I am in my Easton, Pennsylvania, home over this holiday, having visited the cemeteries and made sure our Pennsylvania graves had their flags and flowers. I am flying a large American flag from my deck for my husband, my son, my brother, my father, and all the generations of my family who served in that long line of soldiers since before the American Revolution.
This spring brought some of the most memorable days of my whole life. April was the last month of my two-year appointment to the Class of ’51 Chair for the Study of Leadership at West Point—the first woman and first nongraduate to serve in this role. General Eric Shinseki and Mike Krzyzewski (Coach K) of Duke University were the first two appointees to serve in this position. Speaking of “presence of greatness”—they were inspiring acts to follow.
The great thought leaders who accompanied me, every other month, were as inspired as I was by our Leadership Dialogues with classes of West Point cadets. For two years, a remarkable cast of leaders joined me in the cadet classrooms:
Tom Moran—Chairman, President, & CEO, Mutual of America Life Insurance Company
General Lloyd Austin III—U.S. Army
Margot Tyler—Senior Program Officer, Bill & Melinda Gates Foundation
K.H. Moon—President, New Paradigm Institute, South Korea
Dr. Marshall Goldsmith—Executive Coach and Author
Alan Mulally—President & CEO, Ford Motor Company
Len Schlesinger—President, Babson College Rick Miller—President of Olin College
Ralph Sorenson—Former President of Babson College
Lynn Pike Carter—President of Capital One Bank
Nicole Moran—Executive Vice President & Chief of Staff, Capital One Bank
Jim Collins—Author and Speaker
Chairman Shao Ming Lo—Bright China Social Fund
Robert La—Bright China Social Fund
A reception was planned for April 28 to celebrate those two great years with 80 friends joining us at West Point. Then I heard from my two Bright China friends, whom I’ve written about in this column, friends and fellow travelers for more than 10 years.
Chairman Shao Ming Lo and Robert La called from Hong Kong, “We cannot be with you at West Point on April 28, therefore, we will fly from Hong Kong to New York on Thursday, April 14, spend all day April 15 at West Point with you and the cadets, then fly back to Hong Kong on Saturday, April 16.”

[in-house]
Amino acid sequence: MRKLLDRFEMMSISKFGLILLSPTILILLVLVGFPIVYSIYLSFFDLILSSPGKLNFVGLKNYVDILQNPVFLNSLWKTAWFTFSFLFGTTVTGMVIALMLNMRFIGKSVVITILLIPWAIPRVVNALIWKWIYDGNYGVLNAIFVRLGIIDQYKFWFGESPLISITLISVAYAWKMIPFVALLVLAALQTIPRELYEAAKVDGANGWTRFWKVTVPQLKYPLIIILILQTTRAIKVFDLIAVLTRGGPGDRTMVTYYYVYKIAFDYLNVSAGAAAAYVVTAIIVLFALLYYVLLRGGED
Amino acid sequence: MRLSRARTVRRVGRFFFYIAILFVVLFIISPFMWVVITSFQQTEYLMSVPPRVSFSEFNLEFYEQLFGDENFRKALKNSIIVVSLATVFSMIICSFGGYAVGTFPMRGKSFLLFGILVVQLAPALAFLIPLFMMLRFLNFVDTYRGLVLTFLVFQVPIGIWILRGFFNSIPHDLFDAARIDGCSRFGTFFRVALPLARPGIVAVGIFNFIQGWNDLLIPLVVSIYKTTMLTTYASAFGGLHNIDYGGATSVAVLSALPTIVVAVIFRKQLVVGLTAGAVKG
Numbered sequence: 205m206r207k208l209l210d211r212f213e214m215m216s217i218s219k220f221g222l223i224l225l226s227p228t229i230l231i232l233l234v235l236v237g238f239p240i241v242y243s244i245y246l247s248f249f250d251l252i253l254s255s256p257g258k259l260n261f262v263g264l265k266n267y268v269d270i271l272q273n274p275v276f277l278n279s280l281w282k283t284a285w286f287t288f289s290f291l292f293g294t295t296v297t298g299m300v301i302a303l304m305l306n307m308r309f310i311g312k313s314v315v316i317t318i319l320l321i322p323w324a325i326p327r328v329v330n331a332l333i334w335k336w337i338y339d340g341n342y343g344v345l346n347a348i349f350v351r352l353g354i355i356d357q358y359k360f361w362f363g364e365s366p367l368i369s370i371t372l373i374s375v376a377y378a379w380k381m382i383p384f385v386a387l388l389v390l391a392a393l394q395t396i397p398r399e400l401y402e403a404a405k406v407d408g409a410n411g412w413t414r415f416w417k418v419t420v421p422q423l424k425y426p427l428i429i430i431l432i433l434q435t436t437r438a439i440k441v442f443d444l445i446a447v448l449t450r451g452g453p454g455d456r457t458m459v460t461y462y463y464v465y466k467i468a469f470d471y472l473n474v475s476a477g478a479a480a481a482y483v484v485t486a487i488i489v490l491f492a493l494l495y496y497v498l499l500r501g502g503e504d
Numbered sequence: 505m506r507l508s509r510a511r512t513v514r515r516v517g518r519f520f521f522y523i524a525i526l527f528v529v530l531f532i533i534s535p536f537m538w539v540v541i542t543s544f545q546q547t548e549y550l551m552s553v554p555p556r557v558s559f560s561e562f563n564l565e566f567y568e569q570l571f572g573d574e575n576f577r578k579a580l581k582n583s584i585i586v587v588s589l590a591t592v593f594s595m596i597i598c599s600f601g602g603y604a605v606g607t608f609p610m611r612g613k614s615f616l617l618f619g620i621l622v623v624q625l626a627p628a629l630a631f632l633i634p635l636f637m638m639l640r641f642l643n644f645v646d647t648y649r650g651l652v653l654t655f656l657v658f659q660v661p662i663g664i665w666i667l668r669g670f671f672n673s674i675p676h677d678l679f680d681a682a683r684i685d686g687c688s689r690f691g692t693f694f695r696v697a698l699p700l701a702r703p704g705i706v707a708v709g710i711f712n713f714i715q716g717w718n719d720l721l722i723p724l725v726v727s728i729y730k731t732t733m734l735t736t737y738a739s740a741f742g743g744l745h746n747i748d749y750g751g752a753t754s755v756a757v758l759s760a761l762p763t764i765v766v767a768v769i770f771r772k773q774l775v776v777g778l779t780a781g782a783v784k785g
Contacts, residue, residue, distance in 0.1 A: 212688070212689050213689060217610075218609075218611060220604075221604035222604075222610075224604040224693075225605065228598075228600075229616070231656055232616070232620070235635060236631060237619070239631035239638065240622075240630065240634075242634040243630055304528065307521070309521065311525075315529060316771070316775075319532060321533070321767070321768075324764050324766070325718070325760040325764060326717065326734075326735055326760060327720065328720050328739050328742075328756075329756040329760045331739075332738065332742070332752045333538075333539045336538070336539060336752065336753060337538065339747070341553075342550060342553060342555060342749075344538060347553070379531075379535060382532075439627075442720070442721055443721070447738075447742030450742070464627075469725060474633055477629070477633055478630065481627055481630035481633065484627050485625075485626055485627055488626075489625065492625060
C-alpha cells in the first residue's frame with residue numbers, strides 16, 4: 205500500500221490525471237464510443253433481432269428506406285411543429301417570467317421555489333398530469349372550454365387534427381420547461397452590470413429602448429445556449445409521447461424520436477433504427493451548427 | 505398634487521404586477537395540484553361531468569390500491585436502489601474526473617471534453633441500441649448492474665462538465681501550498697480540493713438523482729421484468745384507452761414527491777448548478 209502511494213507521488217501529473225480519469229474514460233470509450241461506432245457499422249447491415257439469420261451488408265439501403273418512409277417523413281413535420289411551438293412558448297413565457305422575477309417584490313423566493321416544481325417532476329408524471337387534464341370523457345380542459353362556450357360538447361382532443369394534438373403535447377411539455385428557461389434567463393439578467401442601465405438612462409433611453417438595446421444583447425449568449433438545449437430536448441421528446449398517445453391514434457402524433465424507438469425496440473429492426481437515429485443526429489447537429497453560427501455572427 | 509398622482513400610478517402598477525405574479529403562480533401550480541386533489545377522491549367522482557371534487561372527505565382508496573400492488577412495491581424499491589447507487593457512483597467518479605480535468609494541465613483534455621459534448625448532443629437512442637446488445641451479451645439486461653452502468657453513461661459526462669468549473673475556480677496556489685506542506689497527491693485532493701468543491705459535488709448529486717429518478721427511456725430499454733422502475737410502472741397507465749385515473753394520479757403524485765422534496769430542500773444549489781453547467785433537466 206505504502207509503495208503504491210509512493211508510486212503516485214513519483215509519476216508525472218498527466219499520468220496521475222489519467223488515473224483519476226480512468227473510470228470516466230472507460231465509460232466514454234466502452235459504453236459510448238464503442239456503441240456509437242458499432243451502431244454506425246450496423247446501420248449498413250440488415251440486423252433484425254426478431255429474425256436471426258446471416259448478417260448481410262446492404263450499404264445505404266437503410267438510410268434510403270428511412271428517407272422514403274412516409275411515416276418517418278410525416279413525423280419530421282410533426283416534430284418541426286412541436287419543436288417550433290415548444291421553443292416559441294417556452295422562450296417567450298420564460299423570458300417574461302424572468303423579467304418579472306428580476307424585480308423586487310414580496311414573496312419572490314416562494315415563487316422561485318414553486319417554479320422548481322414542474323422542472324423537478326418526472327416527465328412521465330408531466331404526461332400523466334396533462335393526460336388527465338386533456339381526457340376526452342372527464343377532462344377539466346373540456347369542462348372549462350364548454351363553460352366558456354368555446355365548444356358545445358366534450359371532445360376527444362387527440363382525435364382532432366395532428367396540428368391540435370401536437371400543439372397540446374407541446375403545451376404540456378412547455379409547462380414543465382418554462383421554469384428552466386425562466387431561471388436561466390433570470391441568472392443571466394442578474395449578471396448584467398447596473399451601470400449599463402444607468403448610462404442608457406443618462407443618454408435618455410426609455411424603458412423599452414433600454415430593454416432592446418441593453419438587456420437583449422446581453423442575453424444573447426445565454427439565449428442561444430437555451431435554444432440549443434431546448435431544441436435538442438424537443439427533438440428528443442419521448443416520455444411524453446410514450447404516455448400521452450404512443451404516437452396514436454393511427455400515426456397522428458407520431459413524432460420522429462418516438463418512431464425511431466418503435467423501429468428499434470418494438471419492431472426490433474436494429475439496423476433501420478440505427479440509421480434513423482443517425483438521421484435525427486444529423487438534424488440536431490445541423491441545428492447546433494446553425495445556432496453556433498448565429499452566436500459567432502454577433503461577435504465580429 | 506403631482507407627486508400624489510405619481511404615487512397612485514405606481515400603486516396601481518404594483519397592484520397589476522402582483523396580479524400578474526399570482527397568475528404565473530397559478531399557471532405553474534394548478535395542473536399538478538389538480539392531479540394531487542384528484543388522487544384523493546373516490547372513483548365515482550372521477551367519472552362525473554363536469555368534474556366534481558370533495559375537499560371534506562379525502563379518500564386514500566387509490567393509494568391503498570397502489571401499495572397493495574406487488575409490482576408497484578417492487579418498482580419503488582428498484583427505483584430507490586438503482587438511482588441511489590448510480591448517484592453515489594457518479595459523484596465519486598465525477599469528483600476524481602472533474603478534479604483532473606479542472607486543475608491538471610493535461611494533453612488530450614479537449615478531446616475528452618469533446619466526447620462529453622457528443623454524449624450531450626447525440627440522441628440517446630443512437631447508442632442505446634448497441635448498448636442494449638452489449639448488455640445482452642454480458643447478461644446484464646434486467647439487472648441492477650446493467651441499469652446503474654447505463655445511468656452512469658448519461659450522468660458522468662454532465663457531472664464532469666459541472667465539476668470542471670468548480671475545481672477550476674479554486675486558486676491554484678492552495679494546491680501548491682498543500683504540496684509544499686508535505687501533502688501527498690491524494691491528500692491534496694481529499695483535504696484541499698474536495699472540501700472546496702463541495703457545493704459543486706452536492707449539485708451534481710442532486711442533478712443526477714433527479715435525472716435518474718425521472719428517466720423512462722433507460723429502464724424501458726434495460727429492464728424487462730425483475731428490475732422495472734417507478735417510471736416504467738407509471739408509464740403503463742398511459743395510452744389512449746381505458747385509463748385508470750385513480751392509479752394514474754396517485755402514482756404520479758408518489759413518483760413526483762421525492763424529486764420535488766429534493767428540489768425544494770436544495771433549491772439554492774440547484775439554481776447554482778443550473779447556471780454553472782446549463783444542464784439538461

Our West Point faculty arranged a remarkably significant day for our two devoted Chinese friends and supporters. The day featured a Shao Ming Lo–Frances Hesselbein dialogue with a class of 22 cadets including five West Point cadets from China. At one point, I called him “a great thought leader.” He is. However, he smiled at me and said in his modest and compelling manner, “I am not a thought leader. I am an action leader.” The cadets loved it—and him.
Three Great Thought Leaders
On May 25, Elizabeth Edersheim and I flew to Los Angeles. Liz had the bright idea of our traveling to Santa Monica, where she would direct a Warren Bennis– Frances Hesselbein video on leadership, civic engagement, and much more, to be used in July at the University of Pittsburgh Hesselbein Global Academy for Student Leadership and Civic Engagement.
Of course, Warren Bennis is one of our greatest living thought leaders—the father of modern leadership. I have had three great thought leaders supporting me from my earliest work with Girl Scouts of the USA to the Peter Drucker Foundation (now today’s Leader to Leader Institute)— Peter Drucker, John W. Gardner, and Warren Bennis. All three were with me in those earliest years, all inspiring and enormously generous with their time and wisdom. Peter Drucker and John Gardner have left us, but the power and influence of their work continue to illuminate our leadership journeys.
Warren Bennis is as alive, generous, exciting, brilliant, sensitive, and fun to work with, as I remember from every exciting intellectual encounter we’ve had since his early work with Girl Scouts of the USA in the 1980s. His new book will be in the hands of all 50 university students from all over the world who will join us at the Hesselbein Global Academy in July 2011. They will view Warren’s video on that July day, and then have the opportunity to ask him questions in an exciting live video dialogue, preparing them to make a difference in the fall of 2011.
The Only Constant Is Change
I am eager to share the significance of some news, some happenings with you. First is the news that this is the very last issue of the Leader to Leader journal edited by Alan Shrader, our managing editor since 2002 and a constant presence since we began the journal in 1996.
Now 64 issues and five Apex Awards for Publication Excellence and two Apex Grand Awards in 2011 for Best Journal or Magazine later, we say, not “Farewell,” but, “Alan, no journal ever had a greater managing editor. You will be treasured, always, by the Leader to Leader Institute and our board, staff, and readers.”
For 15 years, more than 400 remarkable friends, thought leaders, and supporters wrote articles for our journal, always as their personal contributions. This too is a tribute to Alan. Great writers do not submit complimentary articles to uninspiring editors.
When I would finish my quarterly column and send it off to Alan for editing, I did so with a great sense of security. Alan’s editing was never about him and his preferences, but always about how to make my best effort better.
We will be forever grateful to Alan for bringing us to this point. In the next issue, you will find an introduction to our new managing editor, Bruce Rosenstein, another superb editor, a worthy successor of Alan. A warm welcome to Bruce.
The fall of 2011 will be upon us as you read this. I hope you have had a summer to remember, always.
To serve is to live.
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